Another seven screen savers also available in earlier versions of OS X, are also available: Flurry, Arabesque, Shell, Message, iTunes Artwork, Word of the Day, and Random (a screen saver is selected at random).

When a screen saver is selected, a preview appears in the window to the right. A button below for Options, when available, can be pressed. These are not the same for each screen saver:

  • Flurry - a Color button with 13 options (Fast Cycle was default), and three sliders
    • Streams: Few - Many
    • Thickness: Thin - Thick
    • Speed: Slow - Fast

  • Arabesque - no options available;

  • Shell - no options available;

  • Message - provides a panel in which the user may type in a message;

  • iTunes Artwork - there are two sliders for Rows (2 - 8) and Delay (0 - 5, with 2 seconds as default);

  • Word of the Day has a button to select the dictionary to be used - the New Oxford American Dictionary and a Japanese dictionary were available options as well as "Automatic".

  • Random - no options

There are three additional controls at the bottom of the screen: a button for selection of the time to start the screen saver (Never and 7 time intervals from 1 minute to 1 hour); a checkbox for "Show with clock"; and a button for Hot Corners.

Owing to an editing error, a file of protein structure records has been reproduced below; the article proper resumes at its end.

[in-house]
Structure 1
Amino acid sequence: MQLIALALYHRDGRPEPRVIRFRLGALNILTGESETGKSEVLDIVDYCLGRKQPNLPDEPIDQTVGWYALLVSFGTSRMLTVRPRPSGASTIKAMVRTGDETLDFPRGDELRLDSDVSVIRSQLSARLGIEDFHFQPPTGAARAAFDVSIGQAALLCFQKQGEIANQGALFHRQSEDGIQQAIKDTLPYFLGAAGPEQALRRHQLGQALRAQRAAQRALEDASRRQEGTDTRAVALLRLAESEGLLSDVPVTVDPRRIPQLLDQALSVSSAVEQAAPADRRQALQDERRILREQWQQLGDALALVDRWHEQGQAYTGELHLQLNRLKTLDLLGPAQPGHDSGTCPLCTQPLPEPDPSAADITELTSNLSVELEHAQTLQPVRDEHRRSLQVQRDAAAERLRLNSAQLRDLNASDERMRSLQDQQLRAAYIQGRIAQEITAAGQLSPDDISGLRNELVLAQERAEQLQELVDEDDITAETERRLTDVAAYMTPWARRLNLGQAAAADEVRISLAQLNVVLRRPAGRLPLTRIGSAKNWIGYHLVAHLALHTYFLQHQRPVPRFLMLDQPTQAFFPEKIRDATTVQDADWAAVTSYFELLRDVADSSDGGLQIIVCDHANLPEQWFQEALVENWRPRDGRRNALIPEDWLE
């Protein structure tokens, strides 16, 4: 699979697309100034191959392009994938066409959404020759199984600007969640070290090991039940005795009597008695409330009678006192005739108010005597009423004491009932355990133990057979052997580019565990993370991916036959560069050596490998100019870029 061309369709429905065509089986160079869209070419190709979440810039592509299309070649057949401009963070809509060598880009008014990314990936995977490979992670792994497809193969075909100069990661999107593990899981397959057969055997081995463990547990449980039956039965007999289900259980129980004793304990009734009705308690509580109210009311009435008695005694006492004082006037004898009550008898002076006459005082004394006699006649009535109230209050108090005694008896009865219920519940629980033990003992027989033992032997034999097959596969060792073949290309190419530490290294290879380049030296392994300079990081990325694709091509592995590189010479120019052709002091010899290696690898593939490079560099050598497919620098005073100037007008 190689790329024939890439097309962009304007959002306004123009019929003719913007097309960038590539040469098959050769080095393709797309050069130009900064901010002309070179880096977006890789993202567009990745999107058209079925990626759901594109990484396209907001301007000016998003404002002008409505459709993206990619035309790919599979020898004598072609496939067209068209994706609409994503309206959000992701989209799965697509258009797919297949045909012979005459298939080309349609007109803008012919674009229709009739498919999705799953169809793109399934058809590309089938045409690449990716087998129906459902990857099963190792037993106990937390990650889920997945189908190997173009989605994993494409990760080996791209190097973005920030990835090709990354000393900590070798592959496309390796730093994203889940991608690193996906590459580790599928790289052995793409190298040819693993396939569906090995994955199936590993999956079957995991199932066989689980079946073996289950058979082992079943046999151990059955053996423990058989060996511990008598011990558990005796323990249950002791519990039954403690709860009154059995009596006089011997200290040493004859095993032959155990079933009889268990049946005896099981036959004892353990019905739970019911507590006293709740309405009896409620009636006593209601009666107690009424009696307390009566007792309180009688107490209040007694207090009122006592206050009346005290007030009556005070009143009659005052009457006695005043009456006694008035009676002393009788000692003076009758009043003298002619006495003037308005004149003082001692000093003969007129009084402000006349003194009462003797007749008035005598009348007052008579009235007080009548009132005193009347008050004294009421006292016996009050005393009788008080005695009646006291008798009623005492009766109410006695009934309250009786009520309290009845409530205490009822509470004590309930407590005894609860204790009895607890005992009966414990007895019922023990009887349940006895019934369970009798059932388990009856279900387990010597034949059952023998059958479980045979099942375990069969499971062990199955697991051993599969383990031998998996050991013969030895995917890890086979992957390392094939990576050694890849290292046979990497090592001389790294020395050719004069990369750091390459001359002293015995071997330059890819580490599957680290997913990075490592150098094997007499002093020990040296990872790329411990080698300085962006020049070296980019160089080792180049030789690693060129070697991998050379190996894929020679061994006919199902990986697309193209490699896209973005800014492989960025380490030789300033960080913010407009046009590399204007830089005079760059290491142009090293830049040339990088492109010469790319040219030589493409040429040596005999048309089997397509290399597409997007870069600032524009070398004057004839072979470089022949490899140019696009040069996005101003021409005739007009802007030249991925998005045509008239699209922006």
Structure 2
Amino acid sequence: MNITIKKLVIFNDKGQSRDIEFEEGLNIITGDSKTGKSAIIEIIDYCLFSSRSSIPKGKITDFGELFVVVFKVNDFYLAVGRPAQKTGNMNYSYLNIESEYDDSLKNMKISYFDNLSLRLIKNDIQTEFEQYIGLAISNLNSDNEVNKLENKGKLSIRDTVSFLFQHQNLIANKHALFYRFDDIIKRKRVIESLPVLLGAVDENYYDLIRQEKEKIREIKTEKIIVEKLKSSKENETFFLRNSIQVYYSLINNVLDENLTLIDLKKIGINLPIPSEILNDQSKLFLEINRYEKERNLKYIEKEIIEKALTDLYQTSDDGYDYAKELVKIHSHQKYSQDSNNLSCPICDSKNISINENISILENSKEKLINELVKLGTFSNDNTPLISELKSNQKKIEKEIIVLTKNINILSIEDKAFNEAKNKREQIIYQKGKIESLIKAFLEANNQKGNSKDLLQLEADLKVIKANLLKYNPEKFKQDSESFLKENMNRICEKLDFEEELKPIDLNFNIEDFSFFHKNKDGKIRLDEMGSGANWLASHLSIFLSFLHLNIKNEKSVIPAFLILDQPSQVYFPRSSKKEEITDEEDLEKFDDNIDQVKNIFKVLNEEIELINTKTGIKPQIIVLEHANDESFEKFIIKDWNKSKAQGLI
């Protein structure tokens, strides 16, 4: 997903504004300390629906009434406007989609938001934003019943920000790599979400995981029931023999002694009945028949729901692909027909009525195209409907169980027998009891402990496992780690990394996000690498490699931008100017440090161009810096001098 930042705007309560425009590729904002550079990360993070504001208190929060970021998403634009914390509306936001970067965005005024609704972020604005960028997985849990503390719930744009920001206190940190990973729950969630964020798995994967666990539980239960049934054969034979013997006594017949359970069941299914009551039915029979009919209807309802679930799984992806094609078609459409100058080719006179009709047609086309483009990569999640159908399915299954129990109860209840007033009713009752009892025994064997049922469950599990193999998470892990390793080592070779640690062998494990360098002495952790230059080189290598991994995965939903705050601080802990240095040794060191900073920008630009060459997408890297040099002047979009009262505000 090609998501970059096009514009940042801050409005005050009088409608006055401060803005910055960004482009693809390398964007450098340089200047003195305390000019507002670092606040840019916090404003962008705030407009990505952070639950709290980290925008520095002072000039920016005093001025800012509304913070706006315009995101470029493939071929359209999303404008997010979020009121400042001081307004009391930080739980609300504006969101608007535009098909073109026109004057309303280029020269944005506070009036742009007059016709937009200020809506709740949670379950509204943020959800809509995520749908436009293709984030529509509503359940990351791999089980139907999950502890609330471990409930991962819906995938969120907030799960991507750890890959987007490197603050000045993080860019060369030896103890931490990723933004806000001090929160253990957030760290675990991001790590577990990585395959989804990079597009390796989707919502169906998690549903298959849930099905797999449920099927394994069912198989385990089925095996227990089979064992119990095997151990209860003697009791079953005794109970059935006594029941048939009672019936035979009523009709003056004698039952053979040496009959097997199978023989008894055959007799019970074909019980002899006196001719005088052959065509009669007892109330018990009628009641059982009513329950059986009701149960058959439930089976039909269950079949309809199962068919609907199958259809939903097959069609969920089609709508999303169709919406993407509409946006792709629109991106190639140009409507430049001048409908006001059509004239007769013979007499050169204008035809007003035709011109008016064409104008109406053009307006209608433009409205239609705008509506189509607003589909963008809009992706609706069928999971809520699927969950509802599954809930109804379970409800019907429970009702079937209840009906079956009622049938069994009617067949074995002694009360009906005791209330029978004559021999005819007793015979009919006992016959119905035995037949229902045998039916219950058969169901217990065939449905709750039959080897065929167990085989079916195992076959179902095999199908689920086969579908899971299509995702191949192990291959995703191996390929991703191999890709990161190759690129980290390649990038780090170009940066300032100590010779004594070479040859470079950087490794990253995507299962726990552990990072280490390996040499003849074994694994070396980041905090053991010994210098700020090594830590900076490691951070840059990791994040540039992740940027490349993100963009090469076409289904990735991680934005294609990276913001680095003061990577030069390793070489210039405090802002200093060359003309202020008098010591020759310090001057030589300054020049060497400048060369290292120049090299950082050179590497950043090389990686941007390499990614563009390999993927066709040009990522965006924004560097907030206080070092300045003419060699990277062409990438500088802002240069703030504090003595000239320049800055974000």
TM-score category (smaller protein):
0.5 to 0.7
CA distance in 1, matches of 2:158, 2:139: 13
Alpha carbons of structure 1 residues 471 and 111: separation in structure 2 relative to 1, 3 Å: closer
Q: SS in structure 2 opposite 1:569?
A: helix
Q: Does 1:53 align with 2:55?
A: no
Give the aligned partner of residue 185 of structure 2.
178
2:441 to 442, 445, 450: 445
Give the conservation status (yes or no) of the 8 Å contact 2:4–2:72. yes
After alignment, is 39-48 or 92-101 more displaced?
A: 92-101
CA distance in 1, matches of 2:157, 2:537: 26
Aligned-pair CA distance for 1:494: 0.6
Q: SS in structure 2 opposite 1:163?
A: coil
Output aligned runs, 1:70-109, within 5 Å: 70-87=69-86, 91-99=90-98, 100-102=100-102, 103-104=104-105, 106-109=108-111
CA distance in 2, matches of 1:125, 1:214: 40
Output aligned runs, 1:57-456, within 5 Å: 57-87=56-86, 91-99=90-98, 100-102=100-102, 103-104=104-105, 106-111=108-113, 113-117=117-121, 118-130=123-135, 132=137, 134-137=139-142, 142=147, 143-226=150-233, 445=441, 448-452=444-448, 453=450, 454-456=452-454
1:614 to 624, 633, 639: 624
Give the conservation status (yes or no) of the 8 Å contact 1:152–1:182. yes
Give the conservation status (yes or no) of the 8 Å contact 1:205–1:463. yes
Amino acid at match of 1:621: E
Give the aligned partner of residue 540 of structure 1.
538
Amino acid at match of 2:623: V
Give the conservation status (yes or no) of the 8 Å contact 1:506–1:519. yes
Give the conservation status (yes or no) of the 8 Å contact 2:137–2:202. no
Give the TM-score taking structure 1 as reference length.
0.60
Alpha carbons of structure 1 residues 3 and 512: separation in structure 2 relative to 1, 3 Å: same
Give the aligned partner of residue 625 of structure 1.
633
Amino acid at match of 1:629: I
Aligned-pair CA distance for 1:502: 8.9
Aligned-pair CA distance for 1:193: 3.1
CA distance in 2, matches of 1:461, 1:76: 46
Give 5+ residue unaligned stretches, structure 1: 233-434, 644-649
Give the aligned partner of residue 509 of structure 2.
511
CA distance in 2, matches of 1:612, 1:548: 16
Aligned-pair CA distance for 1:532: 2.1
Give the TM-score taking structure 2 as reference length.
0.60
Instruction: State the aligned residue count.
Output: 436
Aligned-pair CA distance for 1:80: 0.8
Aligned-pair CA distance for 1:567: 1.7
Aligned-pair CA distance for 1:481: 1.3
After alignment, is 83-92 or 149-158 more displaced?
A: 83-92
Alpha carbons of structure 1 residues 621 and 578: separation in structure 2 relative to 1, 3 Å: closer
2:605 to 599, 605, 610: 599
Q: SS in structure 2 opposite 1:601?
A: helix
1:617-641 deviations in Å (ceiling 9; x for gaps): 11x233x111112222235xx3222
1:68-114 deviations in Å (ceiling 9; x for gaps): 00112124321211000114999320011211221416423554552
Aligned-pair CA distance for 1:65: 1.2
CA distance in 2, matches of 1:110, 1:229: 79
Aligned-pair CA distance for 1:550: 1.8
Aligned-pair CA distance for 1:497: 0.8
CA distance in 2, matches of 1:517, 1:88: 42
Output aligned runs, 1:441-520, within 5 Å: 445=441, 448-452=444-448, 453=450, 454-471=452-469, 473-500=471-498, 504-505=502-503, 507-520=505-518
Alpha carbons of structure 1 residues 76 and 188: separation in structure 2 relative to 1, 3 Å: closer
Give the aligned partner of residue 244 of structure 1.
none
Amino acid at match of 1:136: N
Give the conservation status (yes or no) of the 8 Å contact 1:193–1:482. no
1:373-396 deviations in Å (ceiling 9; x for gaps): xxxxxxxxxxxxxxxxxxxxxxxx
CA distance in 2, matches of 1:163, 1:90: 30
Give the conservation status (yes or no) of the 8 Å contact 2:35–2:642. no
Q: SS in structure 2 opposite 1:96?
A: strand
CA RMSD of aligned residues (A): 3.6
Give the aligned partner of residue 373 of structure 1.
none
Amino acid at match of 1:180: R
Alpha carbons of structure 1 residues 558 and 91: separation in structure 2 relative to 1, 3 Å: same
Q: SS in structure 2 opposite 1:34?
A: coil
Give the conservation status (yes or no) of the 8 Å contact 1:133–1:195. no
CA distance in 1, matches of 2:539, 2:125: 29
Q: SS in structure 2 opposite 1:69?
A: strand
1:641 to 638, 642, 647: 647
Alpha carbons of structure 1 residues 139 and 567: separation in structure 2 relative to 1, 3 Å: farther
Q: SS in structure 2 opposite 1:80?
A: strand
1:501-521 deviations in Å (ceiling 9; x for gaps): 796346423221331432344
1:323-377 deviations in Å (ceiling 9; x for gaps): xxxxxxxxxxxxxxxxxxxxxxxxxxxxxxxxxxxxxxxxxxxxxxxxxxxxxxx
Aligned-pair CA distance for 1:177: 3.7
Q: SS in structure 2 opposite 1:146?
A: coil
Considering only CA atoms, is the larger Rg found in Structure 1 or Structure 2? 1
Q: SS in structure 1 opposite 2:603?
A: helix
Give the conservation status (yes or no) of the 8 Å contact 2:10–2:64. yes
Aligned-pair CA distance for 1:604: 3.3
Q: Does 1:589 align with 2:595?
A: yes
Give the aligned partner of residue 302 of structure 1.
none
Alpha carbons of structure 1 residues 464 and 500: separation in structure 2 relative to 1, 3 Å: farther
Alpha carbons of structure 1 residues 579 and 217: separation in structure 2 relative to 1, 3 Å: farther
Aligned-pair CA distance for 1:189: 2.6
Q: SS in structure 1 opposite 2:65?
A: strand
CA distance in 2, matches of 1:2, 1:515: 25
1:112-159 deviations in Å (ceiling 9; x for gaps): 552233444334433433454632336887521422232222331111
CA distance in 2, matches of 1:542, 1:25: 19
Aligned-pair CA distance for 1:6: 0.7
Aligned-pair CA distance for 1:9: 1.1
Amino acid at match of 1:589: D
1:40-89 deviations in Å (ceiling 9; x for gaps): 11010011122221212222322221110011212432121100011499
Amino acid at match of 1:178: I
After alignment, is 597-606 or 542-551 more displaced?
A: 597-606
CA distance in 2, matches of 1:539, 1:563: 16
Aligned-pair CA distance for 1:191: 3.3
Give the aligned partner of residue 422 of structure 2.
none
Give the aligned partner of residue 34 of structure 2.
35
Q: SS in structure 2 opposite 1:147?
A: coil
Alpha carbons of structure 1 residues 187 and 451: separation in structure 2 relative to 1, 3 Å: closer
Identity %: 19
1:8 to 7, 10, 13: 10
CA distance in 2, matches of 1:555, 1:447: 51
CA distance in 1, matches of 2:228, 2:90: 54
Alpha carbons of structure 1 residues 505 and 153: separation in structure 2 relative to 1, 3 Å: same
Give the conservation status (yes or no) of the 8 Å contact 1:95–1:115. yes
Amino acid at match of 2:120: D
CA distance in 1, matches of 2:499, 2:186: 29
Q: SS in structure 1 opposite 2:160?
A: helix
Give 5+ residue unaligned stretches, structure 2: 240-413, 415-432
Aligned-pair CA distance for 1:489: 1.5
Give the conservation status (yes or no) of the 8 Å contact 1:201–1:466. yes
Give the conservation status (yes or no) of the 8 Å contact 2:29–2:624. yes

This opens a panel which has four buttons for actions to be started when the cursor is moved to the four corners of the screen. In my case, I use top right to Put Display to Sleep, bottom right to Start Screen Saver, and top left for Desktop. Actions available are

  • Start Screen Saver
  • Disable Screen Saver,
  • Mission Control,
  • Application Windows,
  • Desktop,
  • Dashboard,
  • Notification Center,
  • Launchpad
  • Put Display to Sleep
  • No action: a dash (-)


In an article that is still available online, put out a couple of days after the release of OS X 10.9, Mavericks, Thorin Klosowski, writing on LifeHacker, pointed out that images provided for screen-savers (such as the National Geographic images) could also be used as desktop wallpapers.

As above, this may also be effected by using the + icon at the bottom of the Desktop panel. In the Finder panel that opens we may use the Finder menu to navigate to the /Library/Screen Savers/Default Collections/ and add any folders required. [Klosowski writes that the images could be copied using the Finder, but they are accessible this way as well.]

See Also:

Graham K. Rogers teaches at the Faculty of Engineering, Mahidol University in Thailand. He wrote in the Bangkok Post, Database supplement on IT subjects. For the last seven years of Database he wrote a column on Apple and Macs. He is now continuing that in the Bangkok Post supplement, Life. He can be followed on Twitter (@extensions_th)